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High Bar Squats VS. Low Bar Squats

Article written by Kevin Cornell
A lot of times, I get the question of whether to high bar squat or to low bar squat when I am training someone new and not yet established with what style of squatting to grow accustomed to. Before making a decision, we must first go in depth with each squat and what the purpose of the squat is.
 When looking at the low bar squat, we usually see a lot of weight being lifted in the matter of one rep. This lets us know that these men or women using this style of squatting are very strong and have the goal of lifting as much weight as possible. This is typically, but not always seen with powerlifting. The goal in powerlifting is to have the highest total on that given day; thus the strongest person will win. Therefore, if I were going to enter a powerlifting competition, I would use the squatting style most efficient for lifting a mass amount of weight, which would be the low bar squat.       
Looking at what muscles the low bar squat works is another key factor in our decision on which squatting style we want to use. The low bar squat is going to incorporate more of the posterior chain than would the high bar squat just because of the positioning of the torso and hip angle. We are slightly more bent over with the low bar squat then the high bar squat, putting more pressure on our strongest areas:
1. Back
2. Glutes (butt) 
3. Hamstrings.

This is what causes us to lift these massive amounts of weight when squatting.

The next style of squatting and the one most commonly seen, but not limited to, in Olympic Weightlifting is the high bar back squat. When looking at the high bar back squat we tend to see less weight being handled than powerlifting (in a relative manner) and higher volume usually being performed. The reason being for both of these cases is the fact that 1. The high bar back squat is not as efficient for holding heavier weights as the low bar back squat. Secondly, we see more volume in the high bar back squats because it is not a sanctioned lift in most events you will find it being used. 
For example: The back squat is not used as a main lift in Olympic weightlifting; it is used as an accessory lift and done for reps. This does not mean that it is less or more valuable than the low bar back squat they are just too different animals all together. Another reason most people do high bar back squats is because they are using the “bottom” position of the squat in their respective sports, and want to strengthen that area which the low bar squat is not known for doing. For example: a weightlifter might use the high bar as opposed to the low bar squat because it will strengthen his “bottom” position in both the snatch and the clean. This does not mean that the low bar back squat will not strengthen you as well; it just won’t have as much carry over to the Olympic lifts.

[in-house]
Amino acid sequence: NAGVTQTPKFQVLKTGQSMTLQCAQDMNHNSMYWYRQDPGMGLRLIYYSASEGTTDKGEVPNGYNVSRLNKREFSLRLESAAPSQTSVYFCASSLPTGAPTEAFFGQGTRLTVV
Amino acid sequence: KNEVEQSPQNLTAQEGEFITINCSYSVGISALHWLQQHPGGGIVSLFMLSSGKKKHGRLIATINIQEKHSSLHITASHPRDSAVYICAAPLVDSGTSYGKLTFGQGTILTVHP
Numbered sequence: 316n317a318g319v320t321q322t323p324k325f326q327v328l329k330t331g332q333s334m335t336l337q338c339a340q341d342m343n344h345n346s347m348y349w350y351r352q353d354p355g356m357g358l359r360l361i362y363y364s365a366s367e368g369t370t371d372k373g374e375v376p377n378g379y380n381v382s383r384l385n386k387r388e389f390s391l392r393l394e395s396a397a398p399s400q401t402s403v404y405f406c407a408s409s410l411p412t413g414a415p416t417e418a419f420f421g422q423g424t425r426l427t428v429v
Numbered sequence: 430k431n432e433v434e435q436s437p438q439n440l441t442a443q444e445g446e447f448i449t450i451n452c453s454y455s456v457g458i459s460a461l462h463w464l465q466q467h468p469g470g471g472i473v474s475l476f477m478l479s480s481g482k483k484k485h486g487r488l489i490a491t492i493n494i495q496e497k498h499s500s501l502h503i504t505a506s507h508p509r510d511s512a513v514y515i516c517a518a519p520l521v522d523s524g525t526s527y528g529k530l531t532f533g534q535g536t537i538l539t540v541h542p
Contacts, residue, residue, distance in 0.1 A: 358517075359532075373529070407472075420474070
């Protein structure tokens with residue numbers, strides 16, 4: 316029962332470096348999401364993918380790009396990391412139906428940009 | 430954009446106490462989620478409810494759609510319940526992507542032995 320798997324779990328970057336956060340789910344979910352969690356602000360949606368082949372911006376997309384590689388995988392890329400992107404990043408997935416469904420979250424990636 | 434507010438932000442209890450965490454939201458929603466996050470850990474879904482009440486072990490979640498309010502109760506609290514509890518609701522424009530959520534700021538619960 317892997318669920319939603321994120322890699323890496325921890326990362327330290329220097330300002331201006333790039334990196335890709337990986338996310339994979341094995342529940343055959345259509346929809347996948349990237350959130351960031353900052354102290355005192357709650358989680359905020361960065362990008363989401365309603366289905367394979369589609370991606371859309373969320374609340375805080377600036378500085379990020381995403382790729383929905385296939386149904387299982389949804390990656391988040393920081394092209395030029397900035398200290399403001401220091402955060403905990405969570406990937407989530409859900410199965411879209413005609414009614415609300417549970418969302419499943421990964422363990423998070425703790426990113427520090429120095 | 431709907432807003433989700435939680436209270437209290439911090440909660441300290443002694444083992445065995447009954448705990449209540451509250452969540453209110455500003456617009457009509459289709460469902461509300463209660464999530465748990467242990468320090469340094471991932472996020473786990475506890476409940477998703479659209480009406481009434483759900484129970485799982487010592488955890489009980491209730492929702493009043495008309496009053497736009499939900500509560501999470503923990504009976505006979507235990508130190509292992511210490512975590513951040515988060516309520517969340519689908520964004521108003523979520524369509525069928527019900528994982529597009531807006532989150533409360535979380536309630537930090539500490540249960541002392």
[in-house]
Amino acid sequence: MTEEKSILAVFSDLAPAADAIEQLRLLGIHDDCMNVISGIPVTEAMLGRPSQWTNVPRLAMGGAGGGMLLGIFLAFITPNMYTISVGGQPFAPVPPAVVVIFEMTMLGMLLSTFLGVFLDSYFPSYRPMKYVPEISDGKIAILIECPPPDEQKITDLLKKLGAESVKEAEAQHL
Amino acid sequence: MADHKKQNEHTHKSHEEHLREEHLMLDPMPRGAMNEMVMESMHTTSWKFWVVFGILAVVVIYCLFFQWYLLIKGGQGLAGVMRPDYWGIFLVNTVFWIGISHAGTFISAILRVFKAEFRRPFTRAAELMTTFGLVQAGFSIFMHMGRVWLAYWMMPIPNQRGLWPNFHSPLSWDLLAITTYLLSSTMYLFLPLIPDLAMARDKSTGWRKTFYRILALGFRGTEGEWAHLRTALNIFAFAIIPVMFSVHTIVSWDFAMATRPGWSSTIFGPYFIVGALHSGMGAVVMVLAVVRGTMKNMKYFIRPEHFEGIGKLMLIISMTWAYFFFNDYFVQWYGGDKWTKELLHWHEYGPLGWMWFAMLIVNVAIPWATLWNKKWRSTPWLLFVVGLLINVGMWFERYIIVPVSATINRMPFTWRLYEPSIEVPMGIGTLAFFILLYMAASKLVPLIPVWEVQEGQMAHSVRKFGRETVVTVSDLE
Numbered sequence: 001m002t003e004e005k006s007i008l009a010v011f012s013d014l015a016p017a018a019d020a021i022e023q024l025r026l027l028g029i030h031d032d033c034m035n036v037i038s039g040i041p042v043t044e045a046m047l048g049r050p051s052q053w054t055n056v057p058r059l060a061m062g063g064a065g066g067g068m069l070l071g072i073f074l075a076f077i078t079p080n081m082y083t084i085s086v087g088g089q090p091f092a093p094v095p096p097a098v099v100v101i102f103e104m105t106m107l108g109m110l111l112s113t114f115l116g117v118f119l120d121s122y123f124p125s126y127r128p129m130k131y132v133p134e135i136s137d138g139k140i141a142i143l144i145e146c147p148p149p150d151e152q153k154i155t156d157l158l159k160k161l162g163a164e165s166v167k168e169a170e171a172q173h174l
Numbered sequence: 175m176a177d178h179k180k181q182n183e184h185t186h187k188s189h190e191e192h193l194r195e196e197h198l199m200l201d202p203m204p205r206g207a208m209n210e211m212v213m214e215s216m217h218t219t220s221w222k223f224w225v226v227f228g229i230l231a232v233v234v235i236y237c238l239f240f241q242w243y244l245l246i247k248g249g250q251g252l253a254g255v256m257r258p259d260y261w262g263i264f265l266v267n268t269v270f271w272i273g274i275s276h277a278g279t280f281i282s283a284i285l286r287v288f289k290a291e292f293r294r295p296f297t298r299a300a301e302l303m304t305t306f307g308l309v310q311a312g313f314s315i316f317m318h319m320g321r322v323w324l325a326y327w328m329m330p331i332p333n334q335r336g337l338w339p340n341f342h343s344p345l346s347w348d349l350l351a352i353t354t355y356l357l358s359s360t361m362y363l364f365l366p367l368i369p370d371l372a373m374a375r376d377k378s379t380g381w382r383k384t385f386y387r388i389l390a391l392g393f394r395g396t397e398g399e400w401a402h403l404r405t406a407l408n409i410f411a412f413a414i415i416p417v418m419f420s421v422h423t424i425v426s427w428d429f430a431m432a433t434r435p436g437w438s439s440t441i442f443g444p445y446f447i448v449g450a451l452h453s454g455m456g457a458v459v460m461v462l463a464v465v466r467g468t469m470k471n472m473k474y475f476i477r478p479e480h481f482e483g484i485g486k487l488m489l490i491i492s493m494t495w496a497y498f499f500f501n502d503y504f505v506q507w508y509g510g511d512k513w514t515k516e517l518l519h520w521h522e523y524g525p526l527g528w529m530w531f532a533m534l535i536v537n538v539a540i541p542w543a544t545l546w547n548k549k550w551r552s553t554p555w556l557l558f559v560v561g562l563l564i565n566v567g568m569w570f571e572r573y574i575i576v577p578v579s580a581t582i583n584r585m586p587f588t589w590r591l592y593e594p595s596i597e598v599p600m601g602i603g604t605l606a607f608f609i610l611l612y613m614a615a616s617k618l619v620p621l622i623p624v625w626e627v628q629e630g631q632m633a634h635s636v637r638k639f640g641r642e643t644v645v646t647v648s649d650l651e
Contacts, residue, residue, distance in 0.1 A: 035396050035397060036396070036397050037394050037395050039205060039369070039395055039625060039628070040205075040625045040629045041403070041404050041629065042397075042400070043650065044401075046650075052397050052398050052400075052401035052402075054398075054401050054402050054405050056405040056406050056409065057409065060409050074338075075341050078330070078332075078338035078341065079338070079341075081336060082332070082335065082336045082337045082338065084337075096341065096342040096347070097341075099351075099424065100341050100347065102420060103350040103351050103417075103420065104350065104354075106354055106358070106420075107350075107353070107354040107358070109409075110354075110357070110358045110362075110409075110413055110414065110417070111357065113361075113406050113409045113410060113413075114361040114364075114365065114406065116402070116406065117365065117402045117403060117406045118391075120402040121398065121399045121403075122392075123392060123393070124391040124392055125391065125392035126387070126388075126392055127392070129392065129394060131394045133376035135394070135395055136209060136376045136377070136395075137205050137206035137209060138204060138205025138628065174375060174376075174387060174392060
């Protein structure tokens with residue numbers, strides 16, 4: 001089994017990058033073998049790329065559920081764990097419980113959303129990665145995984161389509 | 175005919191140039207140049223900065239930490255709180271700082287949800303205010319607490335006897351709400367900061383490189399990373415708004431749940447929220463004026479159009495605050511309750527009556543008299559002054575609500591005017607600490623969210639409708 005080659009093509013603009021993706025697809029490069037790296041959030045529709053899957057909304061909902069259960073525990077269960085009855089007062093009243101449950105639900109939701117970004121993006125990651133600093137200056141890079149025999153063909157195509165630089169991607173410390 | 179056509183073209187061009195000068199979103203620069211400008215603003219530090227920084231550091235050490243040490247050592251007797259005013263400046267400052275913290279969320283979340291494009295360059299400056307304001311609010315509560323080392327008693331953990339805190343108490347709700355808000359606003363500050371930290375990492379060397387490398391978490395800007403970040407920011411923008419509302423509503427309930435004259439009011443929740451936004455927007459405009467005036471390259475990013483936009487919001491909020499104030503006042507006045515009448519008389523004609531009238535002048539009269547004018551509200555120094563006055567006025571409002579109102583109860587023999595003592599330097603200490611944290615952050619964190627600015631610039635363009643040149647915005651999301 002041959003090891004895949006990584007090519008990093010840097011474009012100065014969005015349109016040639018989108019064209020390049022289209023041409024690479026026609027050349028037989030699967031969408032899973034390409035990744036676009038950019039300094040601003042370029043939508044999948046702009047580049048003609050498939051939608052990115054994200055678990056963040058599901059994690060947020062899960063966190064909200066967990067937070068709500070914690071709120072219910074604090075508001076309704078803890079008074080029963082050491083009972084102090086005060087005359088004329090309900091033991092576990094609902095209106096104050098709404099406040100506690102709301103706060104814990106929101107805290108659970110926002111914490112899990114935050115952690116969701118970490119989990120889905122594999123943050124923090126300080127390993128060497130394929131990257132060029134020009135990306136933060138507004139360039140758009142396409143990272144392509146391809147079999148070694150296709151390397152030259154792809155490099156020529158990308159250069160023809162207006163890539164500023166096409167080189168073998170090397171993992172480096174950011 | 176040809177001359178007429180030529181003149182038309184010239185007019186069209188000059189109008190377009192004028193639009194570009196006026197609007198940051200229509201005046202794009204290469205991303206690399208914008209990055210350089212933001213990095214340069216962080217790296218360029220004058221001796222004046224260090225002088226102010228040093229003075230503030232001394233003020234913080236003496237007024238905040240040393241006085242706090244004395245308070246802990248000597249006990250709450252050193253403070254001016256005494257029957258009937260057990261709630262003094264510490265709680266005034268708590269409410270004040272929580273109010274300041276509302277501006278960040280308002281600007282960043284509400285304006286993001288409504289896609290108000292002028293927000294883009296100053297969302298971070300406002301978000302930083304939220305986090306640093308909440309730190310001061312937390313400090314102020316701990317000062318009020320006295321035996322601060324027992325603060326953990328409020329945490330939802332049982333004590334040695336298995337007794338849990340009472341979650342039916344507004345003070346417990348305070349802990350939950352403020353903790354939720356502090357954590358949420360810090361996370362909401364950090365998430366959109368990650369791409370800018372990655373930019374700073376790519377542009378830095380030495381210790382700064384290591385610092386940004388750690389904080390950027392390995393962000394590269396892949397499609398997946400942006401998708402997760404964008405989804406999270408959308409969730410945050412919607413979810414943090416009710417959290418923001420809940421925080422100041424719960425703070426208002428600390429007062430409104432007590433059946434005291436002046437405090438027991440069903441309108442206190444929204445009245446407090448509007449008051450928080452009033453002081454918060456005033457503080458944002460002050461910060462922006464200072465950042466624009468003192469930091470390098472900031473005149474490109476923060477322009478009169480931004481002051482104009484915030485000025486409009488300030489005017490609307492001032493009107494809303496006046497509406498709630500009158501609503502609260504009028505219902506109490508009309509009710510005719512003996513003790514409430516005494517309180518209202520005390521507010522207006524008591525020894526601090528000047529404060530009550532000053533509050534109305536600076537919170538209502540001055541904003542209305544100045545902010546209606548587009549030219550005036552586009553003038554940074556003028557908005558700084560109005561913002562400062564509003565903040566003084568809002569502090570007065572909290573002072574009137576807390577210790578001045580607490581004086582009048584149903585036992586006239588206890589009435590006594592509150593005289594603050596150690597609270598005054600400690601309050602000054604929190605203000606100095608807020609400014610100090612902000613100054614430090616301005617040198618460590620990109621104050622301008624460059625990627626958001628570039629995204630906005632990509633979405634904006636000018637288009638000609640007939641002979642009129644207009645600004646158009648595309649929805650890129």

When looking at what muscles are used during the execution of the high bar back squat we notice the positioning of the bar is higher on the shoulders than the low bar back squat, and the torso is slightly more upright. This alleviates some pressure from the “spinal erectors” and allows for a deeper position than the low bar. However, in doing so, this is takes away pounds from the squat for a more upright torso. Although, as we mentioned before with the high bar back squat, we are not looking for maximum weight, but repetition and that deep positioning. Therefore, the high bar will work more of the quads and glutes as opposed to the entire posterior chain that the low bar squat will work. 

For somebody learning to do a squat for the first time, the high bar back squat would be the easier option to teach based of its basic function. Just remember, that strength does not come overnight, and must be worked by putting in long hours at the gym and having intense determination and a strong will.


2 thoughts on “High Bar Squats VS. Low Bar Squats

  1. Hey Kevin, I was watching Shane Hamman’s 959 pound squat on Youtube. Would this be considered low bar or high bar? Thanks

  2. How wide your stance is determines where the weight is loaded on the posterior chain, not the bar placement. You could staple the bar on the trainees head, and if the trainee took a wide stance you’d still have the same increased loading on the posterior chain. “Low bar” does not necessarily mean wide stance. Power lifters take a low bar approach because you want to take the bar at the lowest point possible from the rack, and return it to the lowest point possible on the rack, in order to reduce range of motion while still getting white flags. Geared power lifters take a low bar, wide stance, for this reason and more importantly that is how squat gear is designed to be used. It’s also advantageous in most geared federations because a monolift is used and the weight doesn’t have to be walked out. -Adam

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